5. #5 Tim Morris
    August 18, 2009

    I’m not sure if the first 2 are being sarcastic or not, or whathaveyou. But it should be noted that the image in question is part of a larger picture, and the artist in question produces art quickly. If you were to look at the picture it came from, that would be different.

    Also, if every paleo-illustrator was to take every piece of “this looks wrong” etc, and immediately jump to fix it, we’d be locked away indefinately.

  6. #6 Brian
    August 18, 2009

    Tim Morris, without trying to make this into a discussion, I would like to point out that any palaeo-artist attempts to produce a lifelike restoration (or so at least it would seem to me!) which means that having inaccuracies pointed out should be part of the course. In fact, a palaeo-artist should be happy people bother to point out where he slipped in his depiction.

    Also, I don’t think that the particular Wikipedia-artist’s work will improve once it’s a small part of a large depiction. Nor do I think his quick working is a virtue or an excuse for subpar depictions. Rather, I think it points out that he puts in too little effort in his work and could potentionally produce much better drawings.

    You appear to know the artist in person, so you could perhaps point out the old adagium of ‘quality over quantity’ to him?

  7. #7 Dartian
    August 18, 2009

    Darren:

    If you watched the TV series The Velvet Claw (or read the accompanying book), you might recall a scene where an otter-like Hapalodectes slips into a river and evolves directly into a humpback whale

    Hmph! They included that silly scene but said almost nothing about pinnipeds (which, even back then, were known to be part of Carnivora) in the entire series/book!

  8. #8 The Anonymous Guy From Comment 1
    August 18, 2009

    “Tim Morris, without trying to make this into a discussion, I would like to point out that any palaeo-artist attempts to produce a lifelike restoration (or so at least it would seem to me!) which means that having inaccuracies pointed out should be part of the course. In fact, a palaeo-artist should be happy people bother to point out where he slipped in his depiction.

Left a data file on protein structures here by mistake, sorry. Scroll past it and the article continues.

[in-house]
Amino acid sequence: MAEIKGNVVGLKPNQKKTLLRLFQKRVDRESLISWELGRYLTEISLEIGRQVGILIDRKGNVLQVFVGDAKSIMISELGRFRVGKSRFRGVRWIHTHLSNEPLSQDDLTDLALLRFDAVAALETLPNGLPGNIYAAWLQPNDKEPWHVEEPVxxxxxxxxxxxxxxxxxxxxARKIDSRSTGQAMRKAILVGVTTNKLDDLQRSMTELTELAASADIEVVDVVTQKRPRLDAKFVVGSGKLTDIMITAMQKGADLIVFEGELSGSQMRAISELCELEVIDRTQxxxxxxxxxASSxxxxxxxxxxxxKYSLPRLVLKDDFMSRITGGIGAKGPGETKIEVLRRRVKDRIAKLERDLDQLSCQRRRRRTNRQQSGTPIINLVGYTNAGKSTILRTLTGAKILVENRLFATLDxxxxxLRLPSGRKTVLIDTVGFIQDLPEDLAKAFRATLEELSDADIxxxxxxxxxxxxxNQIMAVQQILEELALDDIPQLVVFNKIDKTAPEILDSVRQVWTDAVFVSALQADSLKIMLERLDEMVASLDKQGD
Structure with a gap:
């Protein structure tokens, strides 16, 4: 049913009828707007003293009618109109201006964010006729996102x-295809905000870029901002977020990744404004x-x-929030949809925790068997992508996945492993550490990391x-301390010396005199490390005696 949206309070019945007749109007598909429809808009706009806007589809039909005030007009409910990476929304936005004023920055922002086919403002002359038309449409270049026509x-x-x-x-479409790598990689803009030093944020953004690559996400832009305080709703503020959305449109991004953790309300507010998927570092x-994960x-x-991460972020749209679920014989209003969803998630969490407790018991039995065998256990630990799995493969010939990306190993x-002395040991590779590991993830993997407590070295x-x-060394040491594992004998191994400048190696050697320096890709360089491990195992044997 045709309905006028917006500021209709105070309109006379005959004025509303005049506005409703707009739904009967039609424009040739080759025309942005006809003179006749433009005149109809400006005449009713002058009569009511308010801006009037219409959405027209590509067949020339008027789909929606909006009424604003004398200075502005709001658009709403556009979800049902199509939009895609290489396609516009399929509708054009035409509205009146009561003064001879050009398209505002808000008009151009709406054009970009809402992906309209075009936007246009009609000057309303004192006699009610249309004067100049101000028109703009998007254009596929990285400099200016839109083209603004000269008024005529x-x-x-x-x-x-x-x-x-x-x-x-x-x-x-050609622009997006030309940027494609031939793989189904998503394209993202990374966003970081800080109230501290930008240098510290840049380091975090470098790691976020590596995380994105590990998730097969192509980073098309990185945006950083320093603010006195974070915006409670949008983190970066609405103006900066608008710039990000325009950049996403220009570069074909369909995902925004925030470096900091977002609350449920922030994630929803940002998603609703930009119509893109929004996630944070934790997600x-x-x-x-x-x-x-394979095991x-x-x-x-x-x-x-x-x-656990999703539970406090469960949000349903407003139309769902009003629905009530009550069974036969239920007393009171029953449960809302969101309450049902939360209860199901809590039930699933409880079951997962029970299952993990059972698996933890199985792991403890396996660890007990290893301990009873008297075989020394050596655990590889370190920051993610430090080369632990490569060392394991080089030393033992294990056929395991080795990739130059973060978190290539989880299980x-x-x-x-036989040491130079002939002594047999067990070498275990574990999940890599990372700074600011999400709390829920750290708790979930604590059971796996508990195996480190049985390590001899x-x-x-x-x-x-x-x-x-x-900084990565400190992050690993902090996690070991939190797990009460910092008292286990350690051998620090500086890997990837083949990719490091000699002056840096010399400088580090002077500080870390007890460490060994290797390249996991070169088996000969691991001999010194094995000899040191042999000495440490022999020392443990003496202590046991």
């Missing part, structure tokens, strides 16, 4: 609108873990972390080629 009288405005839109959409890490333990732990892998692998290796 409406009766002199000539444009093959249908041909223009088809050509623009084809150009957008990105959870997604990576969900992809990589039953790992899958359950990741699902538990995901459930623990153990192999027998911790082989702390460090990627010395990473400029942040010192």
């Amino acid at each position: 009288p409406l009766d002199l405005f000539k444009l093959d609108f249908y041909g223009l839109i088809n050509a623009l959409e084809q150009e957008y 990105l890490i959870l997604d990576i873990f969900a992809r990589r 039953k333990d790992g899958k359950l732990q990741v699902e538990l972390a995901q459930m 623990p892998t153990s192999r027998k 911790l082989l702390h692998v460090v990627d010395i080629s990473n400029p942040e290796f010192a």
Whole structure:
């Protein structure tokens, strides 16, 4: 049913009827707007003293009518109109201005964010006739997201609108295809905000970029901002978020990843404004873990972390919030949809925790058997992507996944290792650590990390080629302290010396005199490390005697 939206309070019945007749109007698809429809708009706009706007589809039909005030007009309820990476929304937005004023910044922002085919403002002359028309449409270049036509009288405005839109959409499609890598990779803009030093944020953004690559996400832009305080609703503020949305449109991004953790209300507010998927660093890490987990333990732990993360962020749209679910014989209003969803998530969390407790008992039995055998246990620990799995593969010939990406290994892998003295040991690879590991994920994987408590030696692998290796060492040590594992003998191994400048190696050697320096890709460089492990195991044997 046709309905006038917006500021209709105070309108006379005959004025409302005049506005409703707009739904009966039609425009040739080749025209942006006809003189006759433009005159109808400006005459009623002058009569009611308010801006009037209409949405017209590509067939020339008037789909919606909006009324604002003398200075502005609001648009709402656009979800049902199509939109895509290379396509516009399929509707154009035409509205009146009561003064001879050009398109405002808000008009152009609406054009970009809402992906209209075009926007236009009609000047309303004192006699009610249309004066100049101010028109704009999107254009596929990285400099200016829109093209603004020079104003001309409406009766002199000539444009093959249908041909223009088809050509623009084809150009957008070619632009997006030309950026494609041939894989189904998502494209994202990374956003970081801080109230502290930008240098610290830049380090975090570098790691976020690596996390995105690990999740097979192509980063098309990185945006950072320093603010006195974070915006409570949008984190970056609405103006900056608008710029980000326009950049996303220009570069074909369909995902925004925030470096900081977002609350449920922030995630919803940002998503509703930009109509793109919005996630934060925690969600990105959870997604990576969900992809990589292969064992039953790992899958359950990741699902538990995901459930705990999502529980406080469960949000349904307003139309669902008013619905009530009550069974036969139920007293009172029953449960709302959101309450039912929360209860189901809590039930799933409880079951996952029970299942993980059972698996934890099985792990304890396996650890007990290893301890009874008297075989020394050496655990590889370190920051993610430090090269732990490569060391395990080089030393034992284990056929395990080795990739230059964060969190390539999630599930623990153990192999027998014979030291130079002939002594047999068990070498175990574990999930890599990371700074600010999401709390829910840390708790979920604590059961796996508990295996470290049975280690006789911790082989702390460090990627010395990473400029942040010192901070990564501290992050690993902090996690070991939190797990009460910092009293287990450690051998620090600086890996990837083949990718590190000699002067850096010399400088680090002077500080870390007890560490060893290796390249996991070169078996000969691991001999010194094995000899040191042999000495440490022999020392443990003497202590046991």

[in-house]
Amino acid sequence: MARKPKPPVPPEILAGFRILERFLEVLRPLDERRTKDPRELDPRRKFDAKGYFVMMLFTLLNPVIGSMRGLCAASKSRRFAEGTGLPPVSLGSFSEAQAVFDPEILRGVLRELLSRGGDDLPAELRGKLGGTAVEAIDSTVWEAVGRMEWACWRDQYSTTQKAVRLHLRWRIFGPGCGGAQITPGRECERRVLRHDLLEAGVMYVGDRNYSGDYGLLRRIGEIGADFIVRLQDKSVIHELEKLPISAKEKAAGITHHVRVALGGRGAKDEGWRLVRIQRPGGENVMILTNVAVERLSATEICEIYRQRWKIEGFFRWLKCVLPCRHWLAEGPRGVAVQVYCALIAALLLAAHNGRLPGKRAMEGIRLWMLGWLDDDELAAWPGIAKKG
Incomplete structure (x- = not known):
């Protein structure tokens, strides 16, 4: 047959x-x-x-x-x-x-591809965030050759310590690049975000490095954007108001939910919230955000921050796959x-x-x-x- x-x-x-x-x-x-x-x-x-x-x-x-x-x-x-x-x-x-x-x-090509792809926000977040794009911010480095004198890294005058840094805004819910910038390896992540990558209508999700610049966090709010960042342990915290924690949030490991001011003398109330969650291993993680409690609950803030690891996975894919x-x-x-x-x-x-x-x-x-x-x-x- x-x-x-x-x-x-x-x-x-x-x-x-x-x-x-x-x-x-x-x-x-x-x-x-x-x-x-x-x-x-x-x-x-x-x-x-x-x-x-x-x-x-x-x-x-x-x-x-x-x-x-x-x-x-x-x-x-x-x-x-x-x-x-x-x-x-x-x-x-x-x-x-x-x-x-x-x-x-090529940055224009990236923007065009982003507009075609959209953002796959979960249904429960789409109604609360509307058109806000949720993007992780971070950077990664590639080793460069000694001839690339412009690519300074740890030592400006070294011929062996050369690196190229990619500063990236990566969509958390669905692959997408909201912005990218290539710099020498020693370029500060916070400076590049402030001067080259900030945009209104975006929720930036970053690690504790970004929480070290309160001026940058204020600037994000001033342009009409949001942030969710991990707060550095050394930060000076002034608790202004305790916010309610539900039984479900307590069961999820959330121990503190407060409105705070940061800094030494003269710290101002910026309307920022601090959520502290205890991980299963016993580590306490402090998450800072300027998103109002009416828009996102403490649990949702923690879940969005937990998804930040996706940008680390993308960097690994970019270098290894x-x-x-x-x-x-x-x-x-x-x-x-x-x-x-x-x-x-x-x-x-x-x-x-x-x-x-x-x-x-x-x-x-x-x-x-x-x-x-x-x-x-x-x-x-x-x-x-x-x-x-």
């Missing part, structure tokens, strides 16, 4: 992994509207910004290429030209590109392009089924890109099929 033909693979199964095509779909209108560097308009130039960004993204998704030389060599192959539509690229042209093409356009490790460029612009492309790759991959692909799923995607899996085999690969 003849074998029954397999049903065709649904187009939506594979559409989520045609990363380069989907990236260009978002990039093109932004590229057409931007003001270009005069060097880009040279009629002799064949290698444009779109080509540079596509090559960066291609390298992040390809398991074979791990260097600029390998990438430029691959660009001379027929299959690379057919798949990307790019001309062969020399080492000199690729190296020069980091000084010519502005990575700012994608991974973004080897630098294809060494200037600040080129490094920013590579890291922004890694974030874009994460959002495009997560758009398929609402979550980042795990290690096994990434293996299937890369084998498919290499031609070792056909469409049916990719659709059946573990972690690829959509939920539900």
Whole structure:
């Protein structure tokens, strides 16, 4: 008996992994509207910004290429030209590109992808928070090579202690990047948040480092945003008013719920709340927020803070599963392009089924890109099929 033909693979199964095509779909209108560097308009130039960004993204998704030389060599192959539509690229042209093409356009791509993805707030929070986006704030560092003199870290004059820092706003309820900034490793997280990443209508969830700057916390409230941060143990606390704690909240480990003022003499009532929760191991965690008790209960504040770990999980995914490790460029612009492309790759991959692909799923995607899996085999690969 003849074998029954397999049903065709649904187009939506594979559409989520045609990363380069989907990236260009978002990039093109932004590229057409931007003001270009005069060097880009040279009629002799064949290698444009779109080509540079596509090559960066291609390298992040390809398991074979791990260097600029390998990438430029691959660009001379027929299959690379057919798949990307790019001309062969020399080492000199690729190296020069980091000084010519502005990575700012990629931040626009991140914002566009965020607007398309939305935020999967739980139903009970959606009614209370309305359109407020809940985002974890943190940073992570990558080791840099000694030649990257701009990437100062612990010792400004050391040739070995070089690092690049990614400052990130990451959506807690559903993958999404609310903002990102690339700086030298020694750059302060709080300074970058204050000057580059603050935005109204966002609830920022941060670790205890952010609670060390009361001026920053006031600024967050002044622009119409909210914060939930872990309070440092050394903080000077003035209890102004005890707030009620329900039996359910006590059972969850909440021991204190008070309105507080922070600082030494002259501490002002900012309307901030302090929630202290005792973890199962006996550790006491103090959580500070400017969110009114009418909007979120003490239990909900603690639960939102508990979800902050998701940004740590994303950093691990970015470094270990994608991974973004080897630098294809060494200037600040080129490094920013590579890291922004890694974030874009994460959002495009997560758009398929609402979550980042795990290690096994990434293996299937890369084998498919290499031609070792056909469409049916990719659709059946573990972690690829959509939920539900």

Also, I don’t think that the particular Wikipedia-artist’s work will improve once it’s a small part of a large depiction. Nor do I think his quick working is a virtue or an excuse for subpar depictions. Rather, I think it points out that he puts in too little effort in his work and could potentionally produce much better drawings.

    You appear to know the artist in person, so you could perhaps point out the old adagium of ‘quality over quantity’ to him?”

    Amen. All I will add to that is this: If a peice of work is ugly, it’s ugly. Simple as that. I mean look at it, it looks like soething from a kid’s coloring book that’s been quickly scribbled in with markers. And if it’s part of a larger dipiction, that doesn’t help, it just means even more ugly for the veiwer’s eye to contend with.

  9. #9 Stevo Darkly
    August 20, 2009

    I am fascinated by mesonychids and I greatly enjoyed this series.

  10. #10 Viergacht
    August 22, 2009

    That particular person has been spamming a lot of wikipedia pages with their sub-par art.

  11. #11 Viergacht
    August 22, 2009

    Forgot to add, there’s this restoration: http://www.pbs.org/wgbh/evolution/educators/teachstuds/pdf/whales_inthe_making.pdf

    It’s a blurry pic and the artist is uncredited (looks like it might be Mark Hallett?). Are there any good photos or drawings of the skeleton online?

  12. #12 Owlmirror
    August 23, 2009

    Forgot to add, there’s this restoration: [URL redacted] whales_inthe_making.pdf

    It’s a blurry pic and the artist is uncredited (looks like it might be Mark Hallett?). Are there any good photos or drawings of the skeleton online?

    Those are the illustrations from At the Water’s Edge, by Carl Zimmer, and they are by Carl Buell.

    The one on the right is not Haplodectes as implied by the caption, but is rather Pachyaena (pg 157 in the softcover edition; also viewable on Amazon.com, if you have an account)